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If you go to Mani, be aware that you have chosen a peaceful holiday — though you’ll be constantly on the go — on the search for and discovery of history and heritage. If you haven’t much time, keep to the sights between Kardamyli and Vathia. If you do, a tour of Mani is very much worthwhile, particularly because it includes the Laconian Gulf’s remarkable beaches of Scoutari and Mavrovouni.
You will be impressed by the medieval villages perched on the mountain-tops and by the wild, rocky scenery. You can see the famous Diros and Alepotripa caves, the rugged beauty of Cape Tainaron and the Viros gorge at Kardamyli before staying at one of the extraordinary and well-preserved tower-guest houses.
Mani is the name of the middle prong of the southern Peloponnese, extending to the slopes of Mt Taygetos and forming a notional triangle from Kalamata to Cape Tainaron and Gytheion. The peninsula is about 72 km long and no wider than 28 km. The inhabitants, numbering 30,000, engage in farming, fishing, commerce and catering to tourists. The climate is dry in the uplands, hot and humid on the coast. There are 250 villages and hamlets in Mani, 800 towers and six castles. The predominant impression is of a landscape extraordinarily grim, stony, waterless and barren, consisting of stark jagged mountains plunging precipitously to the sea and countless stone tower dwellings and Byzantine churches.
Maniots have always been fired by a strong sense of independence and profound patriarchal family ties. If any member of a family were to suffer an insult, it resulted in a feud, a “vendetta” – frequently bloody – involving the entire family of the offended (and offending) party. The idiosyncrasies of Mani’s past history and the severity of its bizarre customs forced almost every family to have its own defensive tower to live in, its own chapel and cemetery. Poverty and the consequences of such rifts among the great and powerful families forced many to emigrate to other parts of Greece and abroad — some to Corsica, whose descendants constituted Napoleon’s bodyguard – and quite a few became pirates.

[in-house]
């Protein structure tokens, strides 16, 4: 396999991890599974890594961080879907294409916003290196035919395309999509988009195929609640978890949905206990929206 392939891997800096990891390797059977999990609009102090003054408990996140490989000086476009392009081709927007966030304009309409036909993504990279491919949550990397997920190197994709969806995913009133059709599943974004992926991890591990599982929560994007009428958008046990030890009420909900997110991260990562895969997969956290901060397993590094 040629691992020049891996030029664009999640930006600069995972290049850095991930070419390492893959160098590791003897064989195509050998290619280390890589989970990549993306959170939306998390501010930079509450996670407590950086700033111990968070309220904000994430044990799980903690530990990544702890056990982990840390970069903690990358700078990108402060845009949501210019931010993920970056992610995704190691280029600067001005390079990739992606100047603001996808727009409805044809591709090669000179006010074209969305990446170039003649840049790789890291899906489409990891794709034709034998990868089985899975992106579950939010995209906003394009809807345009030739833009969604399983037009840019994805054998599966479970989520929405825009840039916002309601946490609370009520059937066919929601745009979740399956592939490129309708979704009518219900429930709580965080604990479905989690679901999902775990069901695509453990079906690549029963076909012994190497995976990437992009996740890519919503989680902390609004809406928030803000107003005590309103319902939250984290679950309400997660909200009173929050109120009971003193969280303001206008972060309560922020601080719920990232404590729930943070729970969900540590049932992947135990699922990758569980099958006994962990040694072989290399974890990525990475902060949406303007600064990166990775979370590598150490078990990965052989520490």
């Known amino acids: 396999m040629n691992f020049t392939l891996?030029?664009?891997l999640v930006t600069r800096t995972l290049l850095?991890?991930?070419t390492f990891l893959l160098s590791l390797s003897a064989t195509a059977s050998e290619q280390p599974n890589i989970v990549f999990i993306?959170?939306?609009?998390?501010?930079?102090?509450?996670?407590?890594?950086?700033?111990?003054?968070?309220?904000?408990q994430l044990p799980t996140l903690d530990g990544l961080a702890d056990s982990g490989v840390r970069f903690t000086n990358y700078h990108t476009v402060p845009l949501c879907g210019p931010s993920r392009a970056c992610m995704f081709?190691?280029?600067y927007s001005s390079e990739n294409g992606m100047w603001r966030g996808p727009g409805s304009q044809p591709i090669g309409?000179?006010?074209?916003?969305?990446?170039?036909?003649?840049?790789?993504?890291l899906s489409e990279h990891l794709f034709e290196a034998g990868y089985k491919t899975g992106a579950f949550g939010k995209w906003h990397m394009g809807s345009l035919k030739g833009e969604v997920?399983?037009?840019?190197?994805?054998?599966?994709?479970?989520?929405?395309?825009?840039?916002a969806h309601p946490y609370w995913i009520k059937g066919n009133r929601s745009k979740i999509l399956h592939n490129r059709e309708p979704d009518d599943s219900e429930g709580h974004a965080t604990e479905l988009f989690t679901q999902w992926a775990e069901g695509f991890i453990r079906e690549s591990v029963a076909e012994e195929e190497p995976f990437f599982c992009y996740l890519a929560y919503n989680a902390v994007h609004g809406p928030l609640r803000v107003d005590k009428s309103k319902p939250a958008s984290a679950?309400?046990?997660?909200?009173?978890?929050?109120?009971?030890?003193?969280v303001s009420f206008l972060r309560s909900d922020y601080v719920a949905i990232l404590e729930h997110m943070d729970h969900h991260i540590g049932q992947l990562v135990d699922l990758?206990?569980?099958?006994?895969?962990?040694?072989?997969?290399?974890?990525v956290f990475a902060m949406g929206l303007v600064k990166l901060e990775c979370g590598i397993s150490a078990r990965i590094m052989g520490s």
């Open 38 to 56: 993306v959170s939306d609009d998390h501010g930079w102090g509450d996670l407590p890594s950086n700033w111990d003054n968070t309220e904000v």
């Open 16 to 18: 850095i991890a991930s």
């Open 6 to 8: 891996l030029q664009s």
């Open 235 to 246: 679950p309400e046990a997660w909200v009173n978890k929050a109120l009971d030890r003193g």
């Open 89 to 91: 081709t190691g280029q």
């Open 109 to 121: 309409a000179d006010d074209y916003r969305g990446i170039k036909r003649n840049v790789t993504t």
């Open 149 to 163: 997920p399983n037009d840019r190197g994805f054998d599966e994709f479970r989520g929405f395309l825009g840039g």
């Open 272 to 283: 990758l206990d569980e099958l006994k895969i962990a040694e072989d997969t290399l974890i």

In the Dorian era (11th c. BC), the Spartans, not wishing to be absorbed into the local population, differentiated among their subjects, segregating them into the “provincials”, enjoying civil but not political liberty, and the “helots” or serfs. The region fell to the Romans in the 2nd c. BC, and then in the days of Byzantium endured a number of barbarian incursions, the worst of them Alaric’s in 395 AD. On these occasions the Maniots took refuge on Mt Taygetos, whence they always ferociously fought every conqueror.
The Franks dominated the region in the 13th c., but they were soon ousted by the Byzantines. After two centuries of warfare, the Turks overran the Peloponnese, but Mani retained its autonomy and was among the first to go to battle for the liberation of Greece.
Coming from Kalamata you will be met by a splendid first sight of medieval Mani, with a view to the sea over the tiled roofs of the stone Maniot mansions of Kardamyli. If you are lucky, the sun will be setting and the palette of colours will enchant you.
It was once the harbour for ancient Sparta with which it communicated by the Viros gorge. Kardamyli is one of the better-preserved villages in the traditional style of Mani, sufficiently geared for tourism, and has tavernas and shops.
Wander around Old Kardamyli to see some of the fine towers, ancient and medieval ruins, the church of Agios Spyridon, the graves of the Dioscuri and the Mourtzinos tower.